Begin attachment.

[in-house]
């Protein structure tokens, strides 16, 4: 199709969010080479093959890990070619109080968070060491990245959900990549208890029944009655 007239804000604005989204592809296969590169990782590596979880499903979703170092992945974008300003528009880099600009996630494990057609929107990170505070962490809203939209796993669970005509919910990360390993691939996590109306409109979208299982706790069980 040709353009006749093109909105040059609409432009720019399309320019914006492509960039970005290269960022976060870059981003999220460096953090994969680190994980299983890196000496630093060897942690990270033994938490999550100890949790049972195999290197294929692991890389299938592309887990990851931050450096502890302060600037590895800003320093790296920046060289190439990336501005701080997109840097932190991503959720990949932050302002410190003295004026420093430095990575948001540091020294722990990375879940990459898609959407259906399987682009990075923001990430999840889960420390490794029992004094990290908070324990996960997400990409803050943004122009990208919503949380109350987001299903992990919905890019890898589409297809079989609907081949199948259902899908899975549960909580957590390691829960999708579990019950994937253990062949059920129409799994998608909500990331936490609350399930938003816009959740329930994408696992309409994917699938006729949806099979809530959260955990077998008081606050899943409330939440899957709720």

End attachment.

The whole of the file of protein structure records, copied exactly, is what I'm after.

[in-house]
């Protein structure tokens, strides 16, 4: 199709969010080479093959890990070619109080968070060491990245959900990549208890029944009655 007239804000604005989204592809296969590169990782590596979880499903979703170092992945974008300003528009880099600009996630494990057609929107990170505070962490809203939209796993669970005509919910990360390993691939996590109306409109979208299982706790069980 040709353009006749093109909105040059609409432009720019399309320019914006492509960039970005290269960022976060870059981003999220460096953090994969680190994980299983890196000496630093060897942690990270033994938490999550100890949790049972195999290197294929692991890389299938592309887990990851931050450096502890302060600037590895800003320093790296920046060289190439990336501005701080997109840097932190991503959720990949932050302002410190003295004026420093430095990575948001540091020294722990990375879940990459898609959407259906399987682009990075923001990430999840889960420390490794029992004094990290908070324990996960997400990409803050943004122009990208919503949380109350987001299903992990919905890019890898589409297809079989609907081949199948259902899908899975549960909580957590390691829960999708579990019950994937253990062949059920129409799994998608909500990331936490609350399930938003816009959740329930994408696992309409994917699938006729949806099979809530959260955990077998008081606050899943409330939440899957709720």